Sunderland considers energy-saving changes
SUNDERLAND — The town could save more than $10,000 a year if it retrofits the lighting in the public safety complex, highway garage, the town office building and the wastewater treatment plant.
Replacing the lighting at the four town buildings with more efficient lights could net an energy savings of 68,204 kilowatt hours (kWh) per year in electricity.
The lighting retrofits may start as early as this week, Town Administrator Margaret Nartowicz said.
Universal Electric Co. of Springfield will undertake the project.
The Energy Committee proposed the retrofit projects, which involves replacing existing lights with more efficient ones, such as LED lights, after conducting an energy audit of municipal buildings. The committee determined retrofitting the town buildings would create the most savings, and pay for themselves within two years.
“These are the low-hanging fruit,” said Aaron Falbel, an Energy Committee member.
Although the retrofits will primarily be LED lights, in some instances, existing fluorescent light bulbs will be replaced with fluorescent bulbs with reduced wattage and higher efficiency. This is the case with the town office building, which already uses florescent light bulbs.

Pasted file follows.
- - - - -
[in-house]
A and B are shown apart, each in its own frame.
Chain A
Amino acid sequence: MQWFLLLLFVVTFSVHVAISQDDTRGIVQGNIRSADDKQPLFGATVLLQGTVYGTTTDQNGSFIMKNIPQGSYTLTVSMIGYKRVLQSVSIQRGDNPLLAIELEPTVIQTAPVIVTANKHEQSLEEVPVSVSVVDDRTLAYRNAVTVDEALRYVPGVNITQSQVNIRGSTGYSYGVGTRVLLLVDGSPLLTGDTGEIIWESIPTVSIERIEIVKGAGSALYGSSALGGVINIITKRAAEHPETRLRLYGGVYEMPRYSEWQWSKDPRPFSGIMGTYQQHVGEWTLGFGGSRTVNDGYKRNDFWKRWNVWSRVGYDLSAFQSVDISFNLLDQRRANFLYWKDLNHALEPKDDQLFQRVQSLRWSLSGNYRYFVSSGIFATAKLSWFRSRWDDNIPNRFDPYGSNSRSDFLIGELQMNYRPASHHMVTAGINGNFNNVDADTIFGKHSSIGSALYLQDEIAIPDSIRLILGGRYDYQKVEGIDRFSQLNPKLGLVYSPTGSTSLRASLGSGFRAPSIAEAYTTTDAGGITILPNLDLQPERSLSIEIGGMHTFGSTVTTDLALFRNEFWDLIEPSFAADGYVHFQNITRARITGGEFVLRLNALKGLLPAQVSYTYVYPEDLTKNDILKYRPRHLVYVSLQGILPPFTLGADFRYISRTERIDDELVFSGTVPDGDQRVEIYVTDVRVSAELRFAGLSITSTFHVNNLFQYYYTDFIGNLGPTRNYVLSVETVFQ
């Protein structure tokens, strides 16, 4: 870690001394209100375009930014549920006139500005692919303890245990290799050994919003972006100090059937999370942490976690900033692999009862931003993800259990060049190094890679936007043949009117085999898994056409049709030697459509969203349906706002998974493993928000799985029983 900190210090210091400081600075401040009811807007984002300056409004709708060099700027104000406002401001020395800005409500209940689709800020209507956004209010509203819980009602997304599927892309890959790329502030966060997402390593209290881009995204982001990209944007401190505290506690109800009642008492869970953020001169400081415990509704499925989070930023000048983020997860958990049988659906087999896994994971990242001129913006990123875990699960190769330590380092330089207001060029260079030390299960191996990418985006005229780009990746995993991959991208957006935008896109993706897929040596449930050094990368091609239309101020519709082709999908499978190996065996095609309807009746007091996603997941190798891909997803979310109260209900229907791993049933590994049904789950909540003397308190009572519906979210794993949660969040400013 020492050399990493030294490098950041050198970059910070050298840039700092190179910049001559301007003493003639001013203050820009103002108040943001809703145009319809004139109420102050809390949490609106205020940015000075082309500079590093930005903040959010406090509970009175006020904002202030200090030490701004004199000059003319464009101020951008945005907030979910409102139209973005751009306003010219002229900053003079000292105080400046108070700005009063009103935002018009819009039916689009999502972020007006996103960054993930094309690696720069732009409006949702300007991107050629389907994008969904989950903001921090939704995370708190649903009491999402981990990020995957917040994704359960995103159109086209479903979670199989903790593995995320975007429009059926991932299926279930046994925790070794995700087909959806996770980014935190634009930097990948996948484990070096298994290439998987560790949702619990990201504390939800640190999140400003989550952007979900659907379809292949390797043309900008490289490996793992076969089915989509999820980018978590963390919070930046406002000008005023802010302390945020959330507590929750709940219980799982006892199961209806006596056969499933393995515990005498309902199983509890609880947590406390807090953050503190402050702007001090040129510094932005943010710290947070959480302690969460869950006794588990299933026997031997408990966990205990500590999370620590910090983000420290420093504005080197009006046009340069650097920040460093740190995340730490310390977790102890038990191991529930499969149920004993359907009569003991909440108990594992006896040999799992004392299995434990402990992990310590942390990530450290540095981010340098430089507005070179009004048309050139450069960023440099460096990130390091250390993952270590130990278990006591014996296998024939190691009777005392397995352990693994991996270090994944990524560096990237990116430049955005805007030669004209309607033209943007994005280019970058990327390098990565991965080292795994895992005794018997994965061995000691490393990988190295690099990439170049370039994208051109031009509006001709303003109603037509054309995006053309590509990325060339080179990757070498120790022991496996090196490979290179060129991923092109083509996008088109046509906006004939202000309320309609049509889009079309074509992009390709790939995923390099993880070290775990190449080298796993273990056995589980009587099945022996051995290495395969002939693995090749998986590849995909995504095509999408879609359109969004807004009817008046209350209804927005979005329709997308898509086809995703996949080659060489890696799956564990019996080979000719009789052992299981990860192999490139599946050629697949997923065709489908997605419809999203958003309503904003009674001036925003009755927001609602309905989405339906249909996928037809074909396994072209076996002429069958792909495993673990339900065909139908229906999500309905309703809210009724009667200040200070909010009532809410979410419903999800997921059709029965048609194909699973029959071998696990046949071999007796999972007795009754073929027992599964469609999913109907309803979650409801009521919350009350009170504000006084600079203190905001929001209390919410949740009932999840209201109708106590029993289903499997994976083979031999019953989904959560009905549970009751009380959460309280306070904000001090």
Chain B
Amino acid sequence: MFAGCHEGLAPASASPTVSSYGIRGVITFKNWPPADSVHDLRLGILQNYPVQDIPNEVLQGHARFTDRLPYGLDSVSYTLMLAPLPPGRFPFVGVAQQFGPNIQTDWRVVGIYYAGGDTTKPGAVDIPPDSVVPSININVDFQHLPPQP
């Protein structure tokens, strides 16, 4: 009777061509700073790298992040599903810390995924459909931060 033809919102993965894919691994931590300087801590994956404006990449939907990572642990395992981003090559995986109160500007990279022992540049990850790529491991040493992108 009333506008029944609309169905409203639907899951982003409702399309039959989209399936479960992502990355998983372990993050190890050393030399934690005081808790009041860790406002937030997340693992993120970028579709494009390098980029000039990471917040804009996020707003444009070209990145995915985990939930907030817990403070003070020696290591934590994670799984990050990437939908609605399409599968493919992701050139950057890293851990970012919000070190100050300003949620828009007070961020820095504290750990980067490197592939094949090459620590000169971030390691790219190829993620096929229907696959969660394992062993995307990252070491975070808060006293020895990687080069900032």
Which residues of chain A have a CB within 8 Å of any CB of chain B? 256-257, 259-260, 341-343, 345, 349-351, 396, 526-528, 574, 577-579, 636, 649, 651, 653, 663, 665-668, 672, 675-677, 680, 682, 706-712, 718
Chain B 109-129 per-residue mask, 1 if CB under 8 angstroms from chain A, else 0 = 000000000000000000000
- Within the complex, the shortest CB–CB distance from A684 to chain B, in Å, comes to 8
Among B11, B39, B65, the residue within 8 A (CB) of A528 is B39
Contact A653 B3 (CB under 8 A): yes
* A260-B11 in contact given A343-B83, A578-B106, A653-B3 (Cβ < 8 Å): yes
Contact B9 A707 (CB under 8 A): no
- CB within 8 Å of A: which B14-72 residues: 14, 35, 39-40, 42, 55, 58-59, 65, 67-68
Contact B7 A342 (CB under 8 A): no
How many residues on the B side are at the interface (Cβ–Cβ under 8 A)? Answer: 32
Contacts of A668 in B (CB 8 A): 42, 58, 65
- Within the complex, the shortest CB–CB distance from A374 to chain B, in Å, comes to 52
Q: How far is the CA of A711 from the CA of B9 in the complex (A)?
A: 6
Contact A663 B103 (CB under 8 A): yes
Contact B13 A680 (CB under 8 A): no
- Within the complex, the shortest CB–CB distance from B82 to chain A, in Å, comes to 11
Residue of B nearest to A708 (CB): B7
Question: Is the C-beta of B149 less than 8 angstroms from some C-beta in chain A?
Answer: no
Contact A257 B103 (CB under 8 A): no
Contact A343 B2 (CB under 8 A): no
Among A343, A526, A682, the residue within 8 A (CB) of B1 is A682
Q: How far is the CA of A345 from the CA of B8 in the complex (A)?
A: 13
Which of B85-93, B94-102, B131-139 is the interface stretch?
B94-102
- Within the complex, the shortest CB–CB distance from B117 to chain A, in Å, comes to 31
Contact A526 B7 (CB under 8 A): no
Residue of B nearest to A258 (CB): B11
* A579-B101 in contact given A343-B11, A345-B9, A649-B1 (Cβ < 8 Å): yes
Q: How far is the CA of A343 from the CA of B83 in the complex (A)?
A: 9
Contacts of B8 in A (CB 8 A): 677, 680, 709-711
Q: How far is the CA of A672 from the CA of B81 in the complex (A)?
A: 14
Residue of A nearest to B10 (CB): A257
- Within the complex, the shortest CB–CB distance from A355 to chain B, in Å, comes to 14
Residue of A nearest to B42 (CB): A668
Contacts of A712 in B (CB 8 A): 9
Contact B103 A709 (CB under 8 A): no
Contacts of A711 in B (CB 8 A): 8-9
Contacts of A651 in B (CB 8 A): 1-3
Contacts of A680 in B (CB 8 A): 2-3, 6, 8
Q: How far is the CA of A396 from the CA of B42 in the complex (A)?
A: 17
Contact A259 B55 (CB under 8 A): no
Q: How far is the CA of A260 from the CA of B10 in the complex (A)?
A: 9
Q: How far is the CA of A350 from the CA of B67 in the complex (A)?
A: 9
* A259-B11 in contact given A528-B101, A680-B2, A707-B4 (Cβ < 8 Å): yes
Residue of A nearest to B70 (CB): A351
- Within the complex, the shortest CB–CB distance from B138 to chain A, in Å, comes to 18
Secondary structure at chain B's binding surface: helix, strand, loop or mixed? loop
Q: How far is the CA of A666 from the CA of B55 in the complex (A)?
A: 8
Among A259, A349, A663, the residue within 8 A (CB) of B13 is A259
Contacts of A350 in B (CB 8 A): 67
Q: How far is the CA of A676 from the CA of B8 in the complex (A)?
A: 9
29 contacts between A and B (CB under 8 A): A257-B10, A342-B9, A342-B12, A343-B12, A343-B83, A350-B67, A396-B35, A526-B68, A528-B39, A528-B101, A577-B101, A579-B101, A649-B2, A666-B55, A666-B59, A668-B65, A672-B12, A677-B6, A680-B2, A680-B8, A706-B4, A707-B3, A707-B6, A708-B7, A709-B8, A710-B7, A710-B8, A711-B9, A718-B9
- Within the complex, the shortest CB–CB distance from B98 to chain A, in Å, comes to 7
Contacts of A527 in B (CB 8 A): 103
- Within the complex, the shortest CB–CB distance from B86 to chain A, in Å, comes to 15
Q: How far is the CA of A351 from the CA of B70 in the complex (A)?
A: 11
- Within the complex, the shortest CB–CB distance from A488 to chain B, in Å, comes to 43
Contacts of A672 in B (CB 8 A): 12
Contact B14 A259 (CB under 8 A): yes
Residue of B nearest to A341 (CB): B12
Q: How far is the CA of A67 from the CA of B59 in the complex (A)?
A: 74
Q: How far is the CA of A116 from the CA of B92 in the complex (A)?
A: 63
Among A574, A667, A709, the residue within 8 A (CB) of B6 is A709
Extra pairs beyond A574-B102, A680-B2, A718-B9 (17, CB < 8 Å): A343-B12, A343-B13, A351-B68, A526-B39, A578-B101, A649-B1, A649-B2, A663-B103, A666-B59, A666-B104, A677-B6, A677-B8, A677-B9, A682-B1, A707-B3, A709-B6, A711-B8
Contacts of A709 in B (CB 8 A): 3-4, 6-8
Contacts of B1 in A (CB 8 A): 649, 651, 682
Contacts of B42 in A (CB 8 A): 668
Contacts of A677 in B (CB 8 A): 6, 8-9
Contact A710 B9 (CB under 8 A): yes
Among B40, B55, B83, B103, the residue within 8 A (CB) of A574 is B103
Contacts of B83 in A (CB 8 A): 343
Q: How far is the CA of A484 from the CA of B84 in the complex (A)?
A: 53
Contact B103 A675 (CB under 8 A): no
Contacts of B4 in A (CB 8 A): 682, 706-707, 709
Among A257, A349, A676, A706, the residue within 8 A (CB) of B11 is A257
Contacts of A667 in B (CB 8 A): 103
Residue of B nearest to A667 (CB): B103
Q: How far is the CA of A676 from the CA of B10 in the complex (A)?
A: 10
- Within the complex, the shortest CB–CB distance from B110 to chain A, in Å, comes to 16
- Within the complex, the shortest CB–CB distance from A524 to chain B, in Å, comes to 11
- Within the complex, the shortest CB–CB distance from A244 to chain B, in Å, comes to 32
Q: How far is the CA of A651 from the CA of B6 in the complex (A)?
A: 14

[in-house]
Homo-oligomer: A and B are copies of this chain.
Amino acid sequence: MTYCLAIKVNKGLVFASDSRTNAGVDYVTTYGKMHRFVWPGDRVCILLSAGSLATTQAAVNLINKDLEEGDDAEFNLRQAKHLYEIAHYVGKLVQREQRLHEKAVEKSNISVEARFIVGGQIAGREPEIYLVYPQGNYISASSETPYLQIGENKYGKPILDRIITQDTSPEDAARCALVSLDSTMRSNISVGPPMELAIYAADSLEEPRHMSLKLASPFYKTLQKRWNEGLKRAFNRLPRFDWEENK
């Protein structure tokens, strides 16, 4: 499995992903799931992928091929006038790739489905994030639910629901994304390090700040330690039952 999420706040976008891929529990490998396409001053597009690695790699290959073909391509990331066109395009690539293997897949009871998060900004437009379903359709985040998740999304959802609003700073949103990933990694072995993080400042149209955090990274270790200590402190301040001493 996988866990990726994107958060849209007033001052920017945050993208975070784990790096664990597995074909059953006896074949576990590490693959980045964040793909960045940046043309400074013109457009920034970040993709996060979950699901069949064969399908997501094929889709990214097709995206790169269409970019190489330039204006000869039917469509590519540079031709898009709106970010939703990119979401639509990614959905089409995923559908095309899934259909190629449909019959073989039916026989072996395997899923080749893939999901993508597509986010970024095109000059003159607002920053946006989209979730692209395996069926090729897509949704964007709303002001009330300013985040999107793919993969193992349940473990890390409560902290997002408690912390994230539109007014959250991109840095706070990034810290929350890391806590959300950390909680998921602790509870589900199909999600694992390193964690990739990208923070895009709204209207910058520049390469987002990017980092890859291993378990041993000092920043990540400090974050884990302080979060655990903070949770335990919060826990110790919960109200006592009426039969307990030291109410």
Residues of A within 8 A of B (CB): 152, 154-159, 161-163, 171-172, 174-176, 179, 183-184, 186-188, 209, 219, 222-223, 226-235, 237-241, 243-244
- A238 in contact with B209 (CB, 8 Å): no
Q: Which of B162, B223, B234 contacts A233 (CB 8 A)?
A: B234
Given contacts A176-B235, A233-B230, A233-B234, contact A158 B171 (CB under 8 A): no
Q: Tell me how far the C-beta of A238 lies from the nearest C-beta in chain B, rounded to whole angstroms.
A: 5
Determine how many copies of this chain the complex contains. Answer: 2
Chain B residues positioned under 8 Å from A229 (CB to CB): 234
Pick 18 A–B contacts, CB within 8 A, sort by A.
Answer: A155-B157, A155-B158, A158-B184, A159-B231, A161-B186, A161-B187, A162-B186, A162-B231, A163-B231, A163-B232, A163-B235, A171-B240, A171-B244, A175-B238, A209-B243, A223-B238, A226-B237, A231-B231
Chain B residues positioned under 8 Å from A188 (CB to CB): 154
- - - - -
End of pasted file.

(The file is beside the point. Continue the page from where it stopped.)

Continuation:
Currently, the public safety complex and highway garage together use 138,618 kilowatt hours of energy per year. Retrofitting the complex would save 42,448 kWh per year, or 30.6 percent. The project would cost $32,893, but $21,387 in utility incentives could drop the price to $11,506.
The town office building uses 50,912 kilowatt hours per year. Retrofitting the town office would save 7,583 kWh per year, or 14.9 percent. The project costs $9,225. Yet, with $3,664 in possible utility incentives, the project cost could decrease to $5,561.
The wastewater treatment plant and pumping station uses 160,062 kilowatts per year. The projected savings is 18,173 kWh, or 11.4 percent. The project cost would be $22,002. If the town receives $8,663 in utility incentives, the project cost could drop to $13,339.
The lighting project is another step in the town’s effort to save energy. In August, the town earned the Green Community designation that makes municipalities eligible for renewable power and energy-efficiency grants. The state awarded the town $146,450.
Whether the town can use Green Community funding for the projects remains a question, Nartowicz said. However, the town could request $30,407 from Green Communities. If Green Community funding is available, the town would see savings from the start of the projects. If not, the town expects the projects to pay for themselves in two years.
You can reach Kathleen McKiernan at::
or 413-772-0261, ext. 268